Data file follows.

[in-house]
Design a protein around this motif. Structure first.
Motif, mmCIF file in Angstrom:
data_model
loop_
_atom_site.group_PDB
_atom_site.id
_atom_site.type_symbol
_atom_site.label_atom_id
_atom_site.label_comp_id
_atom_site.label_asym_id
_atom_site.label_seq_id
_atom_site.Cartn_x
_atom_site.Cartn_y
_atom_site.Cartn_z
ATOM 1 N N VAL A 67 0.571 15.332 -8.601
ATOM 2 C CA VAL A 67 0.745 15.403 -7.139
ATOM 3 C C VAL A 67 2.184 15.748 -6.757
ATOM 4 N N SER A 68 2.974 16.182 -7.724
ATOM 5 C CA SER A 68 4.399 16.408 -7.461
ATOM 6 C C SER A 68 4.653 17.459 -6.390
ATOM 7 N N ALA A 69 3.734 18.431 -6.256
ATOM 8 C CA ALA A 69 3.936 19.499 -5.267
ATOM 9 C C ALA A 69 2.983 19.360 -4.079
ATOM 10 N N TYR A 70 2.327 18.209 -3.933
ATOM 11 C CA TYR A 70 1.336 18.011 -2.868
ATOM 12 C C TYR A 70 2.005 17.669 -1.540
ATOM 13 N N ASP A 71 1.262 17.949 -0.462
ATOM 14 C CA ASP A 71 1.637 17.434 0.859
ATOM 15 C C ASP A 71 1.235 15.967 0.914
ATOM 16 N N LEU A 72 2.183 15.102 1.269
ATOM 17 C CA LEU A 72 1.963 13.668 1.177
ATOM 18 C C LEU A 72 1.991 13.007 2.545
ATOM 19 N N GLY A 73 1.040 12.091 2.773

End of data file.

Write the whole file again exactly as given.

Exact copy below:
[in-house]
Design a protein around this motif. Structure first.
Motif, mmCIF file in Angstrom:
data_model
loop_
_atom_site.group_PDB
_atom_site.id
_atom_site.type_symbol
_atom_site.label_atom_id
_atom_site.label_comp_id
_atom_site.label_asym_id
_atom_site.label_seq_id
_atom_site.Cartn_x
_atom_site.Cartn_y
_atom_site.Cartn_z
ATOM 1 N N VAL A 67 0.571 15.332 -8.601
ATOM 2 C CA VAL A 67 0.745 15.403 -7.139
ATOM 3 C C VAL A 67 2.184 15.748 -6.757
ATOM 4 N N SER A 68 2.974 16.182 -7.724
ATOM 5 C CA SER A 68 4.399 16.408 -7.461
ATOM 6 C C SER A 68 4.653 17.459 -6.390
ATOM 7 N N ALA A 69 3.734 18.431 -6.256
ATOM 8 C CA ALA A 69 3.936 19.499 -5.267
ATOM 9 C C ALA A 69 2.983 19.360 -4.079
ATOM 10 N N TYR A 70 2.327 18.209 -3.933
ATOM 11 C CA TYR A 70 1.336 18.011 -2.868
ATOM 12 C C TYR A 70 2.005 17.669 -1.540
ATOM 13 N N ASP A 71 1.262 17.949 -0.462
ATOM 14 C CA ASP A 71 1.637 17.434 0.859
ATOM 15 C C ASP A 71 1.235 15.967 0.914
ATOM 16 N N LEU A 72 2.183 15.102 1.269
ATOM 17 C CA LEU A 72 1.963 13.668 1.177
ATOM 18 C C LEU A 72 1.991 13.007 2.545
ATOM 19 N N GLY A 73 1.040 12.091 2.773